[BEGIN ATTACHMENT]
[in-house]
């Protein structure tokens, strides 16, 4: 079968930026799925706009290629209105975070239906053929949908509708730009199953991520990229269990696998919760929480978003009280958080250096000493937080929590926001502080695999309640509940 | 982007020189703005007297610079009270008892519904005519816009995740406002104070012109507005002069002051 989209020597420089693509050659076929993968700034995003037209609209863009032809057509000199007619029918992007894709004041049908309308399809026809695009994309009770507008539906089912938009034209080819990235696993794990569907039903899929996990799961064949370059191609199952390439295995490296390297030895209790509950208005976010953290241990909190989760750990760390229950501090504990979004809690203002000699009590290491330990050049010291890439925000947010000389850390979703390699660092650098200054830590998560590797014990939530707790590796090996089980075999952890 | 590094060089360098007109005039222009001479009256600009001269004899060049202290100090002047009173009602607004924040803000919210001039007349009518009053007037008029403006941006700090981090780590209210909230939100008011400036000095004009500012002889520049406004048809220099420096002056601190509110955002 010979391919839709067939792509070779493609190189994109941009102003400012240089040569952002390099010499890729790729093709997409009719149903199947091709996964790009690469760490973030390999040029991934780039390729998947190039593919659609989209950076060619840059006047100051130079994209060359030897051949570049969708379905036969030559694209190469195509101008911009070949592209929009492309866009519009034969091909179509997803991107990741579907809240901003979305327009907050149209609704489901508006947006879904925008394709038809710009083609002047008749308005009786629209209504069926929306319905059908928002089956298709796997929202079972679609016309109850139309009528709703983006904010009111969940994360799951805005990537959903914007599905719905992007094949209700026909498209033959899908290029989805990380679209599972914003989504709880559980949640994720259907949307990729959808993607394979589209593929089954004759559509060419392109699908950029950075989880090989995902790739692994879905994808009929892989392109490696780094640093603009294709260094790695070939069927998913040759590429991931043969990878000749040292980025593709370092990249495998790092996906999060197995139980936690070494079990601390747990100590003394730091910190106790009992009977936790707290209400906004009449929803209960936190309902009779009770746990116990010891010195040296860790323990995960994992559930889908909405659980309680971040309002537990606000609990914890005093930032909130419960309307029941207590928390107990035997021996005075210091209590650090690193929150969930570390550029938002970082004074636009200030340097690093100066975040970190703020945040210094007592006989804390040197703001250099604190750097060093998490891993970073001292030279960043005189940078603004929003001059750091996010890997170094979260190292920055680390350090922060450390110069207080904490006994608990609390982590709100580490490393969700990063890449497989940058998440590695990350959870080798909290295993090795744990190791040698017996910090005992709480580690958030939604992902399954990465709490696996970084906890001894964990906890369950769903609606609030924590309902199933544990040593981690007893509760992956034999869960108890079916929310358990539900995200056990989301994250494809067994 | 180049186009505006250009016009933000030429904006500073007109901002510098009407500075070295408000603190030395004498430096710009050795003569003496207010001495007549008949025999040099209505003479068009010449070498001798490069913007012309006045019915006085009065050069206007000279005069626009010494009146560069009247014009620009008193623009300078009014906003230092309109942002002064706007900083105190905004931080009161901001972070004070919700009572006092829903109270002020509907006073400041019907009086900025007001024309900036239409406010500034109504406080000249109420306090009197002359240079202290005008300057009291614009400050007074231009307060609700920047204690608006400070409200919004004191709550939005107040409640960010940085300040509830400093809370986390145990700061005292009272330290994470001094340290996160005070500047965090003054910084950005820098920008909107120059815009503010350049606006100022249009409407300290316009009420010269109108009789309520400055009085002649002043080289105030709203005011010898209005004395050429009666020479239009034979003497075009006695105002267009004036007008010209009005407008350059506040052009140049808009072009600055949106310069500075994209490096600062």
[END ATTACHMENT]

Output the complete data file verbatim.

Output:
[in-house]
């Protein structure tokens, strides 16, 4: 079968930026799925706009290629209105975070239906053929949908509708730009199953991520990229269990696998919760929480978003009280958080250096000493937080929590926001502080695999309640509940 | 982007020189703005007297610079009270008892519904005519816009995740406002104070012109507005002069002051 989209020597420089693509050659076929993968700034995003037209609209863009032809057509000199007619029918992007894709004041049908309308399809026809695009994309009770507008539906089912938009034209080819990235696993794990569907039903899929996990799961064949370059191609199952390439295995490296390297030895209790509950208005976010953290241990909190989760750990760390229950501090504990979004809690203002000699009590290491330990050049010291890439925000947010000389850390979703390699660092650098200054830590998560590797014990939530707790590796090996089980075999952890 | 590094060089360098007109005039222009001479009256600009001269004899060049202290100090002047009173009602607004924040803000919210001039007349009518009053007037008029403006941006700090981090780590209210909230939100008011400036000095004009500012002889520049406004048809220099420096002056601190509110955002 010979391919839709067939792509070779493609190189994109941009102003400012240089040569952002390099010499890729790729093709997409009719149903199947091709996964790009690469760490973030390999040029991934780039390729998947190039593919659609989209950076060619840059006047100051130079994209060359030897051949570049969708379905036969030559694209190469195509101008911009070949592209929009492309866009519009034969091909179509997803991107990741579907809240901003979305327009907050149209609704489901508006947006879904925008394709038809710009083609002047008749308005009786629209209504069926929306319905059908928002089956298709796997929202079972679609016309109850139309009528709703983006904010009111969940994360799951805005990537959903914007599905719905992007094949209700026909498209033959899908290029989805990380679209599972914003989504709880559980949640994720259907949307990729959808993607394979589209593929089954004759559509060419392109699908950029950075989880090989995902790739692994879905994808009929892989392109490696780094640093603009294709260094790695070939069927998913040759590429991931043969990878000749040292980025593709370092990249495998790092996906999060197995139980936690070494079990601390747990100590003394730091910190106790009992009977936790707290209400906004009449929803209960936190309902009779009770746990116990010891010195040296860790323990995960994992559930889908909405659980309680971040309002537990606000609990914890005093930032909130419960309307029941207590928390107990035997021996005075210091209590650090690193929150969930570390550029938002970082004074636009200030340097690093100066975040970190703020945040210094007592006989804390040197703001250099604190750097060093998490891993970073001292030279960043005189940078603004929003001059750091996010890997170094979260190292920055680390350090922060450390110069207080904490006994608990609390982590709100580490490393969700990063890449497989940058998440590695990350959870080798909290295993090795744990190791040698017996910090005992709480580690958030939604992902399954990465709490696996970084906890001894964990906890369950769903609606609030924590309902199933544990040593981690007893509760992956034999869960108890079916929310358990539900995200056990989301994250494809067994 | 180049186009505006250009016009933000030429904006500073007109901002510098009407500075070295408000603190030395004498430096710009050795003569003496207010001495007549008949025999040099209505003479068009010449070498001798490069913007012309006045019915006085009065050069206007000279005069626009010494009146560069009247014009620009008193623009300078009014906003230092309109942002002064706007900083105190905004931080009161901001972070004070919700009572006092829903109270002020509907006073400041019907009086900025007001024309900036239409406010500034109504406080000249109420306090009197002359240079202290005008300057009291614009400050007074231009307060609700920047204690608006400070409200919004004191709550939005107040409640960010940085300040509830400093809370986390145990700061005292009272330290994470001094340290996160005070500047965090003054910084950005820098920008909107120059815009503010350049606006100022249009409407300290316009009420010269109108009789309520400055009085002649002043080289105030709203005011010898209005004395050429009666020479239009034979003497075009006695105002267009004036007008010209009005407008350059506040052009140049808009072009600055949106310069500075994209490096600062």